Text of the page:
Hi Alice,

I’m Carol, an engineer on the Sourcegraph team. Bob (cc’d) mentioned you are interested in seeing language statistics computed across multiple repositories and for specific queries. We just shipped this feature, and it will be available on Acme Corp’s Sourcegraph instance next time you upgrade.

Docs at Try it on Acme Corp’s public code at

[Attach screenshot of the page pie chart]

Would you like us to ask David to upgrade Acme Corp’s Sourcegraph instance sooner so you can start using this?

Thanks, Bob

We expect a reply in 3 days (or else we’ll follow up nicely once). We expect Alice to ask David to upgrade sooner so they can try this out, and we expect Alice to use this within 2 days of it being available on their instance.

Product planning is continuous

See “Planning”.

Release early, release often

Each project, no matter how long-running, needs to plan to ship something in each release. The “something” depends on the project. We strongly prefer for it to be a minimal viable feature that is enabled by default. The next best thing is to ship something that is feature-flagged off by default. When possible, larger features should be merged mid-cycle to solicit feedback from the team and customers before the release is cut.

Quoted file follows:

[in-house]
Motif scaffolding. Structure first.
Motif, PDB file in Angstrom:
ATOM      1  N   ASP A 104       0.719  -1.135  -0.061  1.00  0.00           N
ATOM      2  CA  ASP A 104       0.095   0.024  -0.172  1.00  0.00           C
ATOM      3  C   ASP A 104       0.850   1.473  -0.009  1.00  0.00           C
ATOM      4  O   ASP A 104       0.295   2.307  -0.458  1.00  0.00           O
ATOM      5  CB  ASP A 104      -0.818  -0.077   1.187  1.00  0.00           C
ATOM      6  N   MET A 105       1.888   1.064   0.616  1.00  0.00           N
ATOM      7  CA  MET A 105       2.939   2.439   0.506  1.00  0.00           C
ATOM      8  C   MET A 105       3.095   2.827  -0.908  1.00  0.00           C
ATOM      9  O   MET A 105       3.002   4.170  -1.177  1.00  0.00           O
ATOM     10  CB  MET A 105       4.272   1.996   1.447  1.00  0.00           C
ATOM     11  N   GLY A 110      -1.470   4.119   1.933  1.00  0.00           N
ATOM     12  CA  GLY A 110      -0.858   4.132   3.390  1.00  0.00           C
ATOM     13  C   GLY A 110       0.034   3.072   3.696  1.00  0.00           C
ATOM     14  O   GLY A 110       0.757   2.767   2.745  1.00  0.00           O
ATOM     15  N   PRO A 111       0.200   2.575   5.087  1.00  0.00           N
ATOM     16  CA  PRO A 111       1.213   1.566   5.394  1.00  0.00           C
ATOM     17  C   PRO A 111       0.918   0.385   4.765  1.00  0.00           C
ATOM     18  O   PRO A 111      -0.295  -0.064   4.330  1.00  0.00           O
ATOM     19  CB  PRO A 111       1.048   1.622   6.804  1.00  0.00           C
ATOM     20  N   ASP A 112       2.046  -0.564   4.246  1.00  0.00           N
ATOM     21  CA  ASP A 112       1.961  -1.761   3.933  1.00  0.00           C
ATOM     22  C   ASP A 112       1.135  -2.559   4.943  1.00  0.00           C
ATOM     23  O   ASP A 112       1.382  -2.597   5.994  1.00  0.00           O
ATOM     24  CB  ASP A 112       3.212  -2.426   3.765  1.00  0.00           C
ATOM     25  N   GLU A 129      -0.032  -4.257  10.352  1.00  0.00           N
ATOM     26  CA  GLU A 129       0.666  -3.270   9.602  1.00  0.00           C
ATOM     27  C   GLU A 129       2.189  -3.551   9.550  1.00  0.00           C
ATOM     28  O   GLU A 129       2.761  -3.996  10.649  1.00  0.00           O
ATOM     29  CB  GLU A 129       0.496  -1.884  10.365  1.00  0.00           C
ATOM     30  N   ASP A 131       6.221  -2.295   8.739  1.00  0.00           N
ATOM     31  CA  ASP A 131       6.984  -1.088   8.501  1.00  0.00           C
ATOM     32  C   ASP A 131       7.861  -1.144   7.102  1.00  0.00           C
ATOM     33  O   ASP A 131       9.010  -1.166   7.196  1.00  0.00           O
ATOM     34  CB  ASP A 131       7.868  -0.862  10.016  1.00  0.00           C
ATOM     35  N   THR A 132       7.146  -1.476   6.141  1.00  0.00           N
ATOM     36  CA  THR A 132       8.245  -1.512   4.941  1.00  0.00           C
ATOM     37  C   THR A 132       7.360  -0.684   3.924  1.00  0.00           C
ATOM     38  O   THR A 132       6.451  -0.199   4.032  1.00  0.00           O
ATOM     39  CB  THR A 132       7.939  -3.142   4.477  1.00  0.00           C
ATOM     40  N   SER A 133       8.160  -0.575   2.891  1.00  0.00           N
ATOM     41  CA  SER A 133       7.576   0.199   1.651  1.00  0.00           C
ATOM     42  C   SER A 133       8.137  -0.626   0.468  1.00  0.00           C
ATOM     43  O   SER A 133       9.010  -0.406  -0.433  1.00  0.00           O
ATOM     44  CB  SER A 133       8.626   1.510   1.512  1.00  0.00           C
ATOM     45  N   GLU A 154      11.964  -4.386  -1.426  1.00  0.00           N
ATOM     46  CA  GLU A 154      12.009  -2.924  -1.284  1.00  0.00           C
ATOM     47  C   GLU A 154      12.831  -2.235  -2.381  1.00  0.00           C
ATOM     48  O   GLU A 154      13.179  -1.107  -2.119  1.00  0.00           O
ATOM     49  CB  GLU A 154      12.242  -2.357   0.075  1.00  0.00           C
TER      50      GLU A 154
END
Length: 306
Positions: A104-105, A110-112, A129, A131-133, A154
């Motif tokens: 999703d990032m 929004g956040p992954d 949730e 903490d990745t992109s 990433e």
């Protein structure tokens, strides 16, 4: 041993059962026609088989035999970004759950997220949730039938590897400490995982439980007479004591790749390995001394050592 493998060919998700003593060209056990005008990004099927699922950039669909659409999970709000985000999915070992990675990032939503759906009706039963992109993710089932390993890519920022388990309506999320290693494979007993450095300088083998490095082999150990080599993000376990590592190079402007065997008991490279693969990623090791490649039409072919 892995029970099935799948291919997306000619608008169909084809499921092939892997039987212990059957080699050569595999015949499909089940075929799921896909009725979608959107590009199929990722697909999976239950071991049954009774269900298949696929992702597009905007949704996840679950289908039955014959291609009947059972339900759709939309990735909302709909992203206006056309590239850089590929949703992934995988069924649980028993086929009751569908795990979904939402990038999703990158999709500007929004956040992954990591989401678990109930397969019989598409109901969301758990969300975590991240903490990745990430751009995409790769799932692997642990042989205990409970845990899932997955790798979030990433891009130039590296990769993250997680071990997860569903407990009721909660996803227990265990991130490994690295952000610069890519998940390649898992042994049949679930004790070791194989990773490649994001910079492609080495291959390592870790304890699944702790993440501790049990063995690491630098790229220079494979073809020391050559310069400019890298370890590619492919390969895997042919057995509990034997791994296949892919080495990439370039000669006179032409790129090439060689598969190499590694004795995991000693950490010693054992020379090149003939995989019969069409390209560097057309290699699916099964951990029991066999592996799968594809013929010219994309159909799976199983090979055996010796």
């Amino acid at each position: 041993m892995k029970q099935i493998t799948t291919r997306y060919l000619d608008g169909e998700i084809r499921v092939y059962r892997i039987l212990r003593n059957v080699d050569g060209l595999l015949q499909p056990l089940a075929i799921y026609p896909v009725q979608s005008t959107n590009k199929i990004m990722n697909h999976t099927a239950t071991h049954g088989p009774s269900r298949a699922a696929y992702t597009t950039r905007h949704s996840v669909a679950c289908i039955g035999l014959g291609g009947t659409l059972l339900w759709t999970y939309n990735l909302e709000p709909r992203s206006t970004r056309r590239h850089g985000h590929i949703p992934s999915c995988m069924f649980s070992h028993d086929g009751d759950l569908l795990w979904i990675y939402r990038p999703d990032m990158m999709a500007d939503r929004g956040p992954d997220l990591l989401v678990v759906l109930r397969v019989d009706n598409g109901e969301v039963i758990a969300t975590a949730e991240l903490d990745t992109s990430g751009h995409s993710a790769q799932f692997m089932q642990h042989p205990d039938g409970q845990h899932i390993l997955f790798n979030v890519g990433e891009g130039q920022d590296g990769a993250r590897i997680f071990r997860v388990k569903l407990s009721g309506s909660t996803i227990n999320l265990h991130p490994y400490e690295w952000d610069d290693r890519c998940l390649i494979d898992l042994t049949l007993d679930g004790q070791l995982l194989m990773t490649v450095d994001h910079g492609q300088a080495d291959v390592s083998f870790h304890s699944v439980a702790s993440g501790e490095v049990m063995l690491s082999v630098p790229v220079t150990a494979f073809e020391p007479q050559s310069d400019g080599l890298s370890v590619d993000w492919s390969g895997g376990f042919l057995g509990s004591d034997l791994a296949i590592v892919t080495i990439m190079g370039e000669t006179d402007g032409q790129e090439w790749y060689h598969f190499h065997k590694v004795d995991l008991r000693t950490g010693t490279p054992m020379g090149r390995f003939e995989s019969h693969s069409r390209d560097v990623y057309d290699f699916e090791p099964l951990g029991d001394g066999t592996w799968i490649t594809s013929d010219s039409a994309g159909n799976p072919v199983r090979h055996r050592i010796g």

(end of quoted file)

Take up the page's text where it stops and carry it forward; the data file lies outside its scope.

The reason for this is to avoid going for too long without customer feedback (from customers trying it) or even technical/product feedback (from performing the diligent work of polishing it to be ready to release). Lacking these critical checks means we will end up building something that doesn’t solve people’s problems or that is over-built.

When we have relaxed this in the past, the results have been bad and the overwhelming feedback from retrospectives has been to release regularly.

Saying “no”

We receive tons of feature requests and bug reports, more than we can handle. This means we must frequently say “no” or prioritize things less urgently than some people would like. Our job is to find the most important things to work on.